Today’s episode of TSA Crime Stories is brought to you–as always, and with nary a trace of irony–by the Department of Homeland Security:
From the Atlantic:
Usually we rail on the TSA for acting dumb and confiscating cupcakes, or making women pump breast milk, or patting down 4-year-olds for hugging their grandmas, or patting down 7-year-old would-be terrorists with cerebral palsy. But today, you can hate on Naral Richardson and his cohorts for being too smart, beating the system and allegedly accepting bribes to let drug couriers through. The Los Angeles Times‘ Victoria Kim reports that authorities have filed trafficking and bribery charges against Richardson and his crew, for half a dozen incidents between January and July 2011 which include the aforementioned eight pounds of meth, and one botched attempt that involved 11 pounds of cocaine. The crew have been taken into custody, and could face life in prison. “While these arrests are a disappointment, TSA is committed to holding our employees to the highest standards,” a TSA official said.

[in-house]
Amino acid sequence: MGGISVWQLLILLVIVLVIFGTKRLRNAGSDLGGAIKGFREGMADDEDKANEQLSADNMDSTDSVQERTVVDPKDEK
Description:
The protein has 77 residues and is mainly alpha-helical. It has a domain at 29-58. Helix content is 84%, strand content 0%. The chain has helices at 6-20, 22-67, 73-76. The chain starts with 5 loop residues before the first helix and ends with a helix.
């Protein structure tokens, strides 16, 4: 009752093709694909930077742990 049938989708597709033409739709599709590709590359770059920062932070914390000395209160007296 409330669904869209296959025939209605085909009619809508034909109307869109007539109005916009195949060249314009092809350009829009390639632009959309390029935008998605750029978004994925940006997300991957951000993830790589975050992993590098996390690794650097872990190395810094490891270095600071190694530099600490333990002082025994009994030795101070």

Let’s give it up for the TSA’s “highest standards”! Standards which, as readers of this blog know, translate to “anyone willing to put on the blue gloves and humiliate and dominate innocent Americans.”
If this agency’s employees can be bribed to let drug couriers carrying significant quantities of methamphetamine and cocaine sail through the so-called screening process, they can be bribed to let anyone and anything through. It needs to be said, again: the TSA’s biggest security vulnerabilities are the agents themselves.
We, the People, cannot possibly be expected to trust the employees of the TSA to screen luggage and passengers when so many of them commit theft, assault, abuse, sex crimes, and more on a seemingly daily basis.
We therefore call on President Obama to fire John Pistole; disband this unconstitutional agency; dispose of the naked-scanners; and replace the TSA with a sensible, risk-based program that incorporates metal detectors, bomb-detection dogs and technology, responsible behavioral profiling, and common sense.
(Photo: Flickr Creative Commons/Mykl Roventine)